Understanding Gasket Pressure

High & Low Pressure Gasket Material Used To Create A Reliable Seal.

Flat and flexible gaskets, metallic spiral wounds, and ring type joints all require pressure in order to form a reliable seal. The pressure, or force, a gasket is placed under enables it to flow into any irregularities on a mating surface to block any leakages and so form a seal.

What factors affect the pressure a gasket is placed under? There are many factors, including: operating temperature and the manufacture of the flanges.

It is important to know the pressures a gasket will be required to withstand, both from a well-connected flange face and the pressure of the internal and external environments that the gasket is required to be protecting against.

Gasket Class Or Pressure Rating System

The most common standard prescribing the geometry of flanges is ASME (previously ANSI). Within the ASME pressure rating system there are seven pressure classes:

  • 150
  • 300
  • 400
  • 600
  • 900
  • 1500
  • 2500

A Class 300 flange will handle more pressure than a Class 150 flange, simply because it has been made with more metal and so can withstand more pressure; and so on up through the classes. The pressure class or rating for flanges is given in lbs. For example: 150lb, 150 lbs, 150#, or class 150 – are all equivalent.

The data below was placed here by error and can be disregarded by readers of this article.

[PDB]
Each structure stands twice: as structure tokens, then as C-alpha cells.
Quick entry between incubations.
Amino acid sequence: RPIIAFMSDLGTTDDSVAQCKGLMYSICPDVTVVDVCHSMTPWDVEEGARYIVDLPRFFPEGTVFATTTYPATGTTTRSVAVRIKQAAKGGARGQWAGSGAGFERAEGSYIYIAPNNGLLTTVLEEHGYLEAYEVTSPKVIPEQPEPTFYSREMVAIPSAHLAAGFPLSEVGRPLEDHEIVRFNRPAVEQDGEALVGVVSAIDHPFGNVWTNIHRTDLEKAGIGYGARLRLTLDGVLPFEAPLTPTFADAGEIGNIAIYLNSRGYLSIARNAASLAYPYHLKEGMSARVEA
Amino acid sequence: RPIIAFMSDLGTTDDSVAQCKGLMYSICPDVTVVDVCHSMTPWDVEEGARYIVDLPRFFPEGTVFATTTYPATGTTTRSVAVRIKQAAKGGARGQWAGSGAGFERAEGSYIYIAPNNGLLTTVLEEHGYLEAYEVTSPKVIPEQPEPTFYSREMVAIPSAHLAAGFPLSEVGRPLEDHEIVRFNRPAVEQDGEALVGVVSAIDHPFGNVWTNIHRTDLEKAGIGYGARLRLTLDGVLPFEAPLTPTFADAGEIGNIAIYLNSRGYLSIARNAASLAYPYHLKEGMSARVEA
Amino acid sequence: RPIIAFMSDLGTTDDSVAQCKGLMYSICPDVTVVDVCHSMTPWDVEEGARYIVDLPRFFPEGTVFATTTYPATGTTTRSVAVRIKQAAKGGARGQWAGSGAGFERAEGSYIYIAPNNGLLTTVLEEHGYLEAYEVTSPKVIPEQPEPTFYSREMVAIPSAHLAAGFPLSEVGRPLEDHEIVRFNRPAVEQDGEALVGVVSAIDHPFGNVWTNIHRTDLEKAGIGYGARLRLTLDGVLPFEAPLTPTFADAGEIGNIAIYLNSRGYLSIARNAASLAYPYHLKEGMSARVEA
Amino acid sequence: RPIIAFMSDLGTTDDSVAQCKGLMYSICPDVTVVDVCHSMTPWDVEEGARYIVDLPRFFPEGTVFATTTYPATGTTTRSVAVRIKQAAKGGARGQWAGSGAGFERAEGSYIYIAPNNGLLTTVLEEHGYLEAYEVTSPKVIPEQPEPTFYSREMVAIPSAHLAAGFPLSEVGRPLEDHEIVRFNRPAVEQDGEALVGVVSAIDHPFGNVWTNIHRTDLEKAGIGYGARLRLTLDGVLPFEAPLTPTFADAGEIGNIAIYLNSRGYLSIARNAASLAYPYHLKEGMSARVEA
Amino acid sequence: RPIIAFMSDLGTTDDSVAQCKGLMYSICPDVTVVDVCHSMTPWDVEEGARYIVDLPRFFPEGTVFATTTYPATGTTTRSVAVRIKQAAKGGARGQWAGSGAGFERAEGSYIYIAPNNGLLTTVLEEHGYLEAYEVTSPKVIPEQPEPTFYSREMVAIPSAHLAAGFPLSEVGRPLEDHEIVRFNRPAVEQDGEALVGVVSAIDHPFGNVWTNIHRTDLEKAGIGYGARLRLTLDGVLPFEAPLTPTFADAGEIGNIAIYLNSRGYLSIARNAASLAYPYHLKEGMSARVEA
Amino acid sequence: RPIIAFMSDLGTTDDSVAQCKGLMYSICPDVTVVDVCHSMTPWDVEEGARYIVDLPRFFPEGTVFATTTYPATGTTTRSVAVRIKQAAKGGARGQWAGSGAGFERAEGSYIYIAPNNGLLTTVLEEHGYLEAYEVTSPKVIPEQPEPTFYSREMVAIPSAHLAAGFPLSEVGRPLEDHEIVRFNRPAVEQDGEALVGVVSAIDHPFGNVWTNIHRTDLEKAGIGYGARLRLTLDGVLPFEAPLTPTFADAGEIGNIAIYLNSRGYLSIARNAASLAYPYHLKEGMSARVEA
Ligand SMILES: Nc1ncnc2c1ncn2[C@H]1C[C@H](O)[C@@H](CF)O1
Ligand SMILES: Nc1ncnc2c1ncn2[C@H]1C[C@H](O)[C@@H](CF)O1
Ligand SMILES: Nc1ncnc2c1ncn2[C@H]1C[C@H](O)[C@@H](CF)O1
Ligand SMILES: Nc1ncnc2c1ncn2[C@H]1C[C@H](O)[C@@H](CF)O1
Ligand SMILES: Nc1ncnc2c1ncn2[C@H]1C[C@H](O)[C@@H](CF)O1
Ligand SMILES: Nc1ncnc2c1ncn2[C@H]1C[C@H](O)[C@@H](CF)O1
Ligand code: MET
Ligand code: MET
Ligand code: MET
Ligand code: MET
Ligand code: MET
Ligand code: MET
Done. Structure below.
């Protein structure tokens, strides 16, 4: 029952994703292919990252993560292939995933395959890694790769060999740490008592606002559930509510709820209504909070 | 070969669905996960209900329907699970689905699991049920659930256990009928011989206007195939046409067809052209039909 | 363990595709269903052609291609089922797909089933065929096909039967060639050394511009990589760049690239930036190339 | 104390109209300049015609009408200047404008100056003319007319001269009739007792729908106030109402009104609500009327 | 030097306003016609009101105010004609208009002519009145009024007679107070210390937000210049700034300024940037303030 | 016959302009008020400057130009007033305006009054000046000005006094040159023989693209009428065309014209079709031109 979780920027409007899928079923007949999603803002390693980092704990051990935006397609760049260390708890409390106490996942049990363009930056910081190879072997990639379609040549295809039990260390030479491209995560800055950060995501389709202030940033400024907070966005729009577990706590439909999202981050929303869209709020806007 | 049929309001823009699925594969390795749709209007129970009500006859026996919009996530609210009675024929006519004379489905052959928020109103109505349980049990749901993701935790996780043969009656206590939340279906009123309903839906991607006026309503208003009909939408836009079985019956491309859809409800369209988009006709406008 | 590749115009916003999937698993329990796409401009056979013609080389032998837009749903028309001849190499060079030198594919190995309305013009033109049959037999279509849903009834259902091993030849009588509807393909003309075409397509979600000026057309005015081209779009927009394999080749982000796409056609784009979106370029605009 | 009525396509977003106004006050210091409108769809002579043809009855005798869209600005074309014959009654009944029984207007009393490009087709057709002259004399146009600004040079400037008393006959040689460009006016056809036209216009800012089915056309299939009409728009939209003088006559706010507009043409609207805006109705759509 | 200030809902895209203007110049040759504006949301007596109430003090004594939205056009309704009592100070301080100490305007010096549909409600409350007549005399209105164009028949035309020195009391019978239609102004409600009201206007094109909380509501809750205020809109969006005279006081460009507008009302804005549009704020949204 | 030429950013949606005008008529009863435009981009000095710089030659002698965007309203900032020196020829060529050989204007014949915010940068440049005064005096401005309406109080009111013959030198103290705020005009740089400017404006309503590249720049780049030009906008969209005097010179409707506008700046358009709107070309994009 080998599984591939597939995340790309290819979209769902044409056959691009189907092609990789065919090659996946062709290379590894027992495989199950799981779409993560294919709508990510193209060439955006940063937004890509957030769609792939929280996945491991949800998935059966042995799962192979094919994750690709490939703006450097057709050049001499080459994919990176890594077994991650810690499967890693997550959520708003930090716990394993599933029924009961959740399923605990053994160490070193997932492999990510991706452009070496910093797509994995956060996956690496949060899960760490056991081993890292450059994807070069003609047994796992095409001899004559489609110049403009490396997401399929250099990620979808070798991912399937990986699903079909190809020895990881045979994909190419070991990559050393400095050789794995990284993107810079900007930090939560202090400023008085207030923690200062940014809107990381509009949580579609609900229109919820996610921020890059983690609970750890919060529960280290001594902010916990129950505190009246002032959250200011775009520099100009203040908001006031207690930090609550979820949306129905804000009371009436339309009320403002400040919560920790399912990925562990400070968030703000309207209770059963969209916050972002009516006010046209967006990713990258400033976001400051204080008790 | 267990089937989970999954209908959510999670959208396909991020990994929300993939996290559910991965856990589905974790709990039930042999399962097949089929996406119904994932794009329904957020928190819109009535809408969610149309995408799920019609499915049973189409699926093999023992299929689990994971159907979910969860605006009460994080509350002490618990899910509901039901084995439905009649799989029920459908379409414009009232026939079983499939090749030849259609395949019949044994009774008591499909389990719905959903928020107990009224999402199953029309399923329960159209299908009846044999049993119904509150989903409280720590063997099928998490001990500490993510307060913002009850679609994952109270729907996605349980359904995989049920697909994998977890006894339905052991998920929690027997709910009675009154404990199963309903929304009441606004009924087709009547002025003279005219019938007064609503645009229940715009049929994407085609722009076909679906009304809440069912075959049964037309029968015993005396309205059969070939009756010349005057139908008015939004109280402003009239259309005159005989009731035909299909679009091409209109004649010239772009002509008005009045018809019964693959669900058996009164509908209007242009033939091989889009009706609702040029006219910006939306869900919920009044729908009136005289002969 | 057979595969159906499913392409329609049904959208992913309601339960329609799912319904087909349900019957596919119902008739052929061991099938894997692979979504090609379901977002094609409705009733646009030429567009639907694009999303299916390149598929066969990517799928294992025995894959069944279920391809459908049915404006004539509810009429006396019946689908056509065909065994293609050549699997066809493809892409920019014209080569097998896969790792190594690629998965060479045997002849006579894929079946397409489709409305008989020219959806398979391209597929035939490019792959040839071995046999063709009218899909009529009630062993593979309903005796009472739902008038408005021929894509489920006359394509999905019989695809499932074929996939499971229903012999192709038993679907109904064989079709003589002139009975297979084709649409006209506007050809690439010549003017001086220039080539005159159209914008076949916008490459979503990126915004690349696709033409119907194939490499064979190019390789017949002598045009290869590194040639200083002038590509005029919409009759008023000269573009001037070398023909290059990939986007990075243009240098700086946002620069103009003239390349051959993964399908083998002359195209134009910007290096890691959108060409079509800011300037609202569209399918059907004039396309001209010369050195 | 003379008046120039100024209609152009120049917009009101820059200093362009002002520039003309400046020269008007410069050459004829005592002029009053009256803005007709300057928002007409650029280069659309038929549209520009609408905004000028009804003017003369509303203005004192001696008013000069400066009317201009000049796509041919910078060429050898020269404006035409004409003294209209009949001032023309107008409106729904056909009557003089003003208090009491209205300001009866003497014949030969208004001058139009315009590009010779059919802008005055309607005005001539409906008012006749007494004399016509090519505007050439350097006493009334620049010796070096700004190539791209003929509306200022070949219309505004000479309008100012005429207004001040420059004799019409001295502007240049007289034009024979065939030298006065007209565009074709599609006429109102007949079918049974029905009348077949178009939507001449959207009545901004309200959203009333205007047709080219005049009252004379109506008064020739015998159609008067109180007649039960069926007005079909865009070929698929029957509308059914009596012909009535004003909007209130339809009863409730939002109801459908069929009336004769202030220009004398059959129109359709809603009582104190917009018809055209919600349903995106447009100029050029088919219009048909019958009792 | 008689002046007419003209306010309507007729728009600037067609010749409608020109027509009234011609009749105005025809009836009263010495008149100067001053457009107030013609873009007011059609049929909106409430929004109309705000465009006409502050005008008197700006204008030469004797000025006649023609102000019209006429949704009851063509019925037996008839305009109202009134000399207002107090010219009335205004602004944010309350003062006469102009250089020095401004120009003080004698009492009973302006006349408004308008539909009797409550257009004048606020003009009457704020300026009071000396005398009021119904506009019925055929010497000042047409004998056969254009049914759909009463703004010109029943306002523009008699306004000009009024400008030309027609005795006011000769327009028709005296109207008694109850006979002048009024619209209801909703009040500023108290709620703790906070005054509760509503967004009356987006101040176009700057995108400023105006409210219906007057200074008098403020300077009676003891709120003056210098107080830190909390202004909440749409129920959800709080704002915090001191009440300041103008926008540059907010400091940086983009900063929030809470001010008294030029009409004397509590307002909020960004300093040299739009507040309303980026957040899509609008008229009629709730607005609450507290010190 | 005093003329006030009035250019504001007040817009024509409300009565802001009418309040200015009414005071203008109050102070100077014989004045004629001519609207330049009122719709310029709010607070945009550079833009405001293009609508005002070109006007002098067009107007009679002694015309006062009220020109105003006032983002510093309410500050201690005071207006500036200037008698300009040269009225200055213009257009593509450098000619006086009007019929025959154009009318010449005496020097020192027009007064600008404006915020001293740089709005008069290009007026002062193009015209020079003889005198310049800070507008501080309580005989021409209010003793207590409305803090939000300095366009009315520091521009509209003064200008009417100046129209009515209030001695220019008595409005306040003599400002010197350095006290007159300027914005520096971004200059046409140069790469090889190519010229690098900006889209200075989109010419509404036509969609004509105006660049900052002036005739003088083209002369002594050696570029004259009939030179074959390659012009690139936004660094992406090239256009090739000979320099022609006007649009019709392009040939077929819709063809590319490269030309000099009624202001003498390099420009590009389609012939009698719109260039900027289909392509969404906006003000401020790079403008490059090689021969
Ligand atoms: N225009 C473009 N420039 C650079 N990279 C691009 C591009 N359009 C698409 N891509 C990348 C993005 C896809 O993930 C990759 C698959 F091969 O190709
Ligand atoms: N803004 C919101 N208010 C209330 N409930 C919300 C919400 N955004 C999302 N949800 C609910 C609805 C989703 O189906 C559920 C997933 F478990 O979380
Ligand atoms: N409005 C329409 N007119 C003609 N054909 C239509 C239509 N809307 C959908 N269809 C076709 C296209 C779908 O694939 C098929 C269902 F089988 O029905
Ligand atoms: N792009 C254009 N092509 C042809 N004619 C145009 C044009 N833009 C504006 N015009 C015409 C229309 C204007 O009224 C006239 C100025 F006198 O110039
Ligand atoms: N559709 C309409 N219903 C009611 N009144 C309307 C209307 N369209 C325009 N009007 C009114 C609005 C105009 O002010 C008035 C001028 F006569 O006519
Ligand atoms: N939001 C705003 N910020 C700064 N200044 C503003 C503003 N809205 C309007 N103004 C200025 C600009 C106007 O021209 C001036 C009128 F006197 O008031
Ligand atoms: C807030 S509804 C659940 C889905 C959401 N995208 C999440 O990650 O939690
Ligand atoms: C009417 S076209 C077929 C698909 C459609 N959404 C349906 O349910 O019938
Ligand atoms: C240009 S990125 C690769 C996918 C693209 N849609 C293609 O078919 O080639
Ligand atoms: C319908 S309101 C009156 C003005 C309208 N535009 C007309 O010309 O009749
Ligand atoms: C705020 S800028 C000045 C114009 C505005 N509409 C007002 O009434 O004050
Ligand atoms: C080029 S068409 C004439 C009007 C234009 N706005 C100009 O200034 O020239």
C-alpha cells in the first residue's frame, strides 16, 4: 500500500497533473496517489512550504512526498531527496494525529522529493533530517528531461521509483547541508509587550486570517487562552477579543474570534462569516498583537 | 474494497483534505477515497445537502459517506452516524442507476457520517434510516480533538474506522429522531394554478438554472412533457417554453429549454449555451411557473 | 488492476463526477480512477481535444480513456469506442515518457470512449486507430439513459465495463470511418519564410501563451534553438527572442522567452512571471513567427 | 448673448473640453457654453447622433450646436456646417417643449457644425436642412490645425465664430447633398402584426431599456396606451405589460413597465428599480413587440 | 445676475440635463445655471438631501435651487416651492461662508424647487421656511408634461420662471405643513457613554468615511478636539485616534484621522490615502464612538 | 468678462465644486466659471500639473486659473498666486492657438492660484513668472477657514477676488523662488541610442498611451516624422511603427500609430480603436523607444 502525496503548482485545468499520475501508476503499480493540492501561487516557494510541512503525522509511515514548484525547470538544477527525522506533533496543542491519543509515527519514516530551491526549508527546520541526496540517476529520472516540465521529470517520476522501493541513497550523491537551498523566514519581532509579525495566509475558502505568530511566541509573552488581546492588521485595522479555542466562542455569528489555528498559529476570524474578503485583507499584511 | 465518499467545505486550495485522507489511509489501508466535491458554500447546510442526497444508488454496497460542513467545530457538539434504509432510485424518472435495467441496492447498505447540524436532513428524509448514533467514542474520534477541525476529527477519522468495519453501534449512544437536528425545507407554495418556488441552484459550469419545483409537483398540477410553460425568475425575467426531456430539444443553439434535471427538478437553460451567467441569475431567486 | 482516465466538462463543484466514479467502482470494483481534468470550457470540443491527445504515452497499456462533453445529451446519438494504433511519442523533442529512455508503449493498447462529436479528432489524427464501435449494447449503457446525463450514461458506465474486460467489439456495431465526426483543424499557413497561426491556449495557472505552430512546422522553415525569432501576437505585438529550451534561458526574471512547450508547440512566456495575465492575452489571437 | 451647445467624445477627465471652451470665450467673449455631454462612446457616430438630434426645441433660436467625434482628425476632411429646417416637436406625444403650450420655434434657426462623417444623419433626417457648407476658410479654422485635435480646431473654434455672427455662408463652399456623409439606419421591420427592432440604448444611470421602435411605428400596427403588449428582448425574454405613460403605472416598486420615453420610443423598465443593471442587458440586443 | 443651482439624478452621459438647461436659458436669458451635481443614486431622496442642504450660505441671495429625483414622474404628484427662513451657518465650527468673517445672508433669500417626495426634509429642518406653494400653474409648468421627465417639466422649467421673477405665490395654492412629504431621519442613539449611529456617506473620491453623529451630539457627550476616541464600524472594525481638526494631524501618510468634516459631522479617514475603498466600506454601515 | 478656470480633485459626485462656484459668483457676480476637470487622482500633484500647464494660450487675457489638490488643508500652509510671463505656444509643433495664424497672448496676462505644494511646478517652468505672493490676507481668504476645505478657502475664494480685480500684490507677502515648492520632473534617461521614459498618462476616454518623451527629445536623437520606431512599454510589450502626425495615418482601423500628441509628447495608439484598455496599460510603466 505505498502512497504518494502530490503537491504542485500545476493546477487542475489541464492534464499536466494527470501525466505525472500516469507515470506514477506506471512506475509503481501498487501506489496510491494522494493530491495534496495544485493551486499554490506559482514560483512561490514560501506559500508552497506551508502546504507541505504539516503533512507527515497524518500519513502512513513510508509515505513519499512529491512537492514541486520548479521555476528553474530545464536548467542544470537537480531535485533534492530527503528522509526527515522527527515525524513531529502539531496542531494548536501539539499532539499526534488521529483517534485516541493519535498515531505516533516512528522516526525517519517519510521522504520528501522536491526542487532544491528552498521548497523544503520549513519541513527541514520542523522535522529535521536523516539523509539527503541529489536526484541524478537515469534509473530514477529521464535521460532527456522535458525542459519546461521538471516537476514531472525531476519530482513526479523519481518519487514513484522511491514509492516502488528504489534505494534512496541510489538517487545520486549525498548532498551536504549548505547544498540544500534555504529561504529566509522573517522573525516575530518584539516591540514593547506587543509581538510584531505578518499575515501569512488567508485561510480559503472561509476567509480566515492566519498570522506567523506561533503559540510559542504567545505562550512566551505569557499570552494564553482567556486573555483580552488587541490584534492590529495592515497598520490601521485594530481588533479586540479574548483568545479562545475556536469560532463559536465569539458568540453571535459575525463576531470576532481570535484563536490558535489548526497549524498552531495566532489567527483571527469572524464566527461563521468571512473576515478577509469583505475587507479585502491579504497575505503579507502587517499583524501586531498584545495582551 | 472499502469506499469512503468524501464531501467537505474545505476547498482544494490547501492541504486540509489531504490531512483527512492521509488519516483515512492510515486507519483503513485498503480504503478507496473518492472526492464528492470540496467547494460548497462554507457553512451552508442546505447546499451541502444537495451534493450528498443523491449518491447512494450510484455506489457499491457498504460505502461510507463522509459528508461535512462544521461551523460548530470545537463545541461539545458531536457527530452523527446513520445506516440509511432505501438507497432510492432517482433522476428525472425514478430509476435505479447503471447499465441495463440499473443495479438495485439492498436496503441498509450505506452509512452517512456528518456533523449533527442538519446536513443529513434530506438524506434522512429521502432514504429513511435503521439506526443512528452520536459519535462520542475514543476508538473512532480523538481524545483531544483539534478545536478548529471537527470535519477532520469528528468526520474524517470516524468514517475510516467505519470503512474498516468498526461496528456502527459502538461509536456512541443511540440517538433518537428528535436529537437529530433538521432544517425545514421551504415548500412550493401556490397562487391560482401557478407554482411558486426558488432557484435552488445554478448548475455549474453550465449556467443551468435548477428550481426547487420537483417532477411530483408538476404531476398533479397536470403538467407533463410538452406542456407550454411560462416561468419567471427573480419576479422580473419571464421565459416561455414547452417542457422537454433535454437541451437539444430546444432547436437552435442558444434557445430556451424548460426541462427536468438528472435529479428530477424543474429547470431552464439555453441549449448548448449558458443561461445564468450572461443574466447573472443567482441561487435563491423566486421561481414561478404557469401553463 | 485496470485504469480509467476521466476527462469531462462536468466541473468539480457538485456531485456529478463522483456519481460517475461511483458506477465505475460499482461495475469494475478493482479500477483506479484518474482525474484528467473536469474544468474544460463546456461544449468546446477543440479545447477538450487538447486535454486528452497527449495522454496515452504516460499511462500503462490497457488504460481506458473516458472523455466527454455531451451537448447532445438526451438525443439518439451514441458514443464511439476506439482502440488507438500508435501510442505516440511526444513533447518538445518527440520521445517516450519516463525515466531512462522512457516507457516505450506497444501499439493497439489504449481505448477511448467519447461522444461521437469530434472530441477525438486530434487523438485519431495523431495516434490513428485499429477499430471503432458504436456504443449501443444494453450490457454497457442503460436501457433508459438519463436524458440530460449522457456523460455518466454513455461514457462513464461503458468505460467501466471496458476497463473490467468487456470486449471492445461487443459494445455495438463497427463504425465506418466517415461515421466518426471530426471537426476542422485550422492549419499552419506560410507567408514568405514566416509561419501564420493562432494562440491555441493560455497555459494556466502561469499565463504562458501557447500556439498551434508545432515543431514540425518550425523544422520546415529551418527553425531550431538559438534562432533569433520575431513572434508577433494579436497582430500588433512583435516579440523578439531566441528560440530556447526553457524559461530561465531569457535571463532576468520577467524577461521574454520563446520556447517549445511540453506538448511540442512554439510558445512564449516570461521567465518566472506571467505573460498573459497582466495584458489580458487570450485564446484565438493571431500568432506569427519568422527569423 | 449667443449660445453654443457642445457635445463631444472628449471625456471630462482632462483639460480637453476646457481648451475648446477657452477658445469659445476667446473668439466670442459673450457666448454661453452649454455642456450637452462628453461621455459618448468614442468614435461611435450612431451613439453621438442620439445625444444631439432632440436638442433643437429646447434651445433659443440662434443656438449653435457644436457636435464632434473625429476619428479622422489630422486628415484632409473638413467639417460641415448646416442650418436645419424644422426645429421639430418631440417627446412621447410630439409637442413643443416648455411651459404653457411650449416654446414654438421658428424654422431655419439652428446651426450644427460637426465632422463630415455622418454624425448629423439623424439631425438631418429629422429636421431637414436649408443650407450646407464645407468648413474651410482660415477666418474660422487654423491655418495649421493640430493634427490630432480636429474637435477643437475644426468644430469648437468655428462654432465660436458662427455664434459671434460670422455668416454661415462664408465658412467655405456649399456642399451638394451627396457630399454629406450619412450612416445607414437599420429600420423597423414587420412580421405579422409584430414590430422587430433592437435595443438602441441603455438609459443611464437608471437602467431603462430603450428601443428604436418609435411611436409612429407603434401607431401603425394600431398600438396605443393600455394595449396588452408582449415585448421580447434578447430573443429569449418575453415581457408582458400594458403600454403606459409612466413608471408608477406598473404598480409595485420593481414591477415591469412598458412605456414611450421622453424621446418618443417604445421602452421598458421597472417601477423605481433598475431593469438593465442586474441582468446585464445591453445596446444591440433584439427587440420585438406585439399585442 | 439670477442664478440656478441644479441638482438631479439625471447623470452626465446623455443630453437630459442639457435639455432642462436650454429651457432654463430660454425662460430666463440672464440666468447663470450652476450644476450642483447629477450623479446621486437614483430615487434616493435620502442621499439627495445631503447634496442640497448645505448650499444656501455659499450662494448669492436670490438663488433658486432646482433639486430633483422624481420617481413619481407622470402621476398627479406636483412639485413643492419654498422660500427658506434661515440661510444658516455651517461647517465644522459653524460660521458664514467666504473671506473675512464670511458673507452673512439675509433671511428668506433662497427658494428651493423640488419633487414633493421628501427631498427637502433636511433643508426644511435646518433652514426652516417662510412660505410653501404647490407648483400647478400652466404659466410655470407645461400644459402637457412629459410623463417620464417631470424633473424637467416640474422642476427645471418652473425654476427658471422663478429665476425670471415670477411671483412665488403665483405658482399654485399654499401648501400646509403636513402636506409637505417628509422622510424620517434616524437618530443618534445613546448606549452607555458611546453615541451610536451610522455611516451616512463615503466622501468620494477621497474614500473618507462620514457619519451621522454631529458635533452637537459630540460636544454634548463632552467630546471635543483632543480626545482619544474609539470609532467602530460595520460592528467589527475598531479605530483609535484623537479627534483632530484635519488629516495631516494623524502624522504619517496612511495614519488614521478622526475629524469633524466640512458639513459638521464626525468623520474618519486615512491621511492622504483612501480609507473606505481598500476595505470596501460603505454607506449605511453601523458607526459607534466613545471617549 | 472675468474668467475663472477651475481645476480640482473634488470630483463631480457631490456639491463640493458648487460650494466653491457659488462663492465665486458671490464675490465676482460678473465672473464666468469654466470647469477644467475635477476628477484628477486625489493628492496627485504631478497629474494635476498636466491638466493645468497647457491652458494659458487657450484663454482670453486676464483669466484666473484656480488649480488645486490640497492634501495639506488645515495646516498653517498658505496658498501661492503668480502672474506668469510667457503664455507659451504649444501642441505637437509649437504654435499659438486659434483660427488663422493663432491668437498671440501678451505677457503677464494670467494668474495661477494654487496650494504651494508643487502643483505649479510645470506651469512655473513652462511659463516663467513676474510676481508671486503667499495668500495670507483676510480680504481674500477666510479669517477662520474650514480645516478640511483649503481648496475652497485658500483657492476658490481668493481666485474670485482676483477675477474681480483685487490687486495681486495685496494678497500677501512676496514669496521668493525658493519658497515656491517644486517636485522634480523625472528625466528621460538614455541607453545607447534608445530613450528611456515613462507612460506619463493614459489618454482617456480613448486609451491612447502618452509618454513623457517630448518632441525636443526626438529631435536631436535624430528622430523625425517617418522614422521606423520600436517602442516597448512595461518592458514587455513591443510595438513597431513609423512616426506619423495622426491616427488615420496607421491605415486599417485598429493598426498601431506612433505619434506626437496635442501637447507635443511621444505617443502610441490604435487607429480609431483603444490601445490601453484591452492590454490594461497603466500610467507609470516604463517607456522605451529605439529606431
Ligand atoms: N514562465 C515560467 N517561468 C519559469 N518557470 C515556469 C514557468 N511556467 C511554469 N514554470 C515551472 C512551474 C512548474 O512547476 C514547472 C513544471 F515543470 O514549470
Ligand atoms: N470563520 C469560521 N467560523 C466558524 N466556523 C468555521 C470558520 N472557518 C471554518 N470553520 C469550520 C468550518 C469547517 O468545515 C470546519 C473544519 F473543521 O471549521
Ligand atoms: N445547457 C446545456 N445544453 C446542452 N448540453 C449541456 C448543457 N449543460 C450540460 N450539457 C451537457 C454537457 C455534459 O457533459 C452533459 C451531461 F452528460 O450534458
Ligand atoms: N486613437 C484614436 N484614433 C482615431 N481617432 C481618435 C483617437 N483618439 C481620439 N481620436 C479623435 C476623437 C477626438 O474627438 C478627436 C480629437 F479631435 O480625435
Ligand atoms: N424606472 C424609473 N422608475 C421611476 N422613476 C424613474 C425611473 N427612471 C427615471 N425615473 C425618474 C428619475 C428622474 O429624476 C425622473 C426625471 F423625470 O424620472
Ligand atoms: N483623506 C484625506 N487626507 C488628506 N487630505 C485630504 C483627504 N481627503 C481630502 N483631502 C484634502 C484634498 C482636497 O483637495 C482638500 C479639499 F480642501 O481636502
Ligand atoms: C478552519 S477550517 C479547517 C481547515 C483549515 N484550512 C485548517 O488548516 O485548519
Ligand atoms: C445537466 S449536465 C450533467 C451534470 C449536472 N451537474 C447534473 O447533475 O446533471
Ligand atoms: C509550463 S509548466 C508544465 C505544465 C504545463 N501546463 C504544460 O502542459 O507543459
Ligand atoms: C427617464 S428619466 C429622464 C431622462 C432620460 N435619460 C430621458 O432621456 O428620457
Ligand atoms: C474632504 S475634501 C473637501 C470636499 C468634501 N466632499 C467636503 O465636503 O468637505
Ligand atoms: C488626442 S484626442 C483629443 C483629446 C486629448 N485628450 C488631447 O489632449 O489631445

The flange class or pressure rating system extends to gaskets designed for those flanges. So, for example, a class 150 gasket is designed to seal under a load of up to 150 lbs of pressure in a class 150 flange.

The overall pressure rating of the gasket ultimately depends on the material used for the gasket and the operating temperature.

Pressure and Temperature Variations

As pressure increases the temperature that the flange will maintain falls. Conversely, as the pressure decreases a higher temperature can be maintained. The selection of suitable gasket materials must be considered together with the flange design bolting and materials of construction.

Pipe and Flange Construction and Gasket Pressure

Gaskets are typically fixed by bolts under load around the flange face. The gasket either encompasses the bolts (called a ‘full faced’ gasket) or sits inside the bolts (known as an IBC or ‘ring type’ gasket).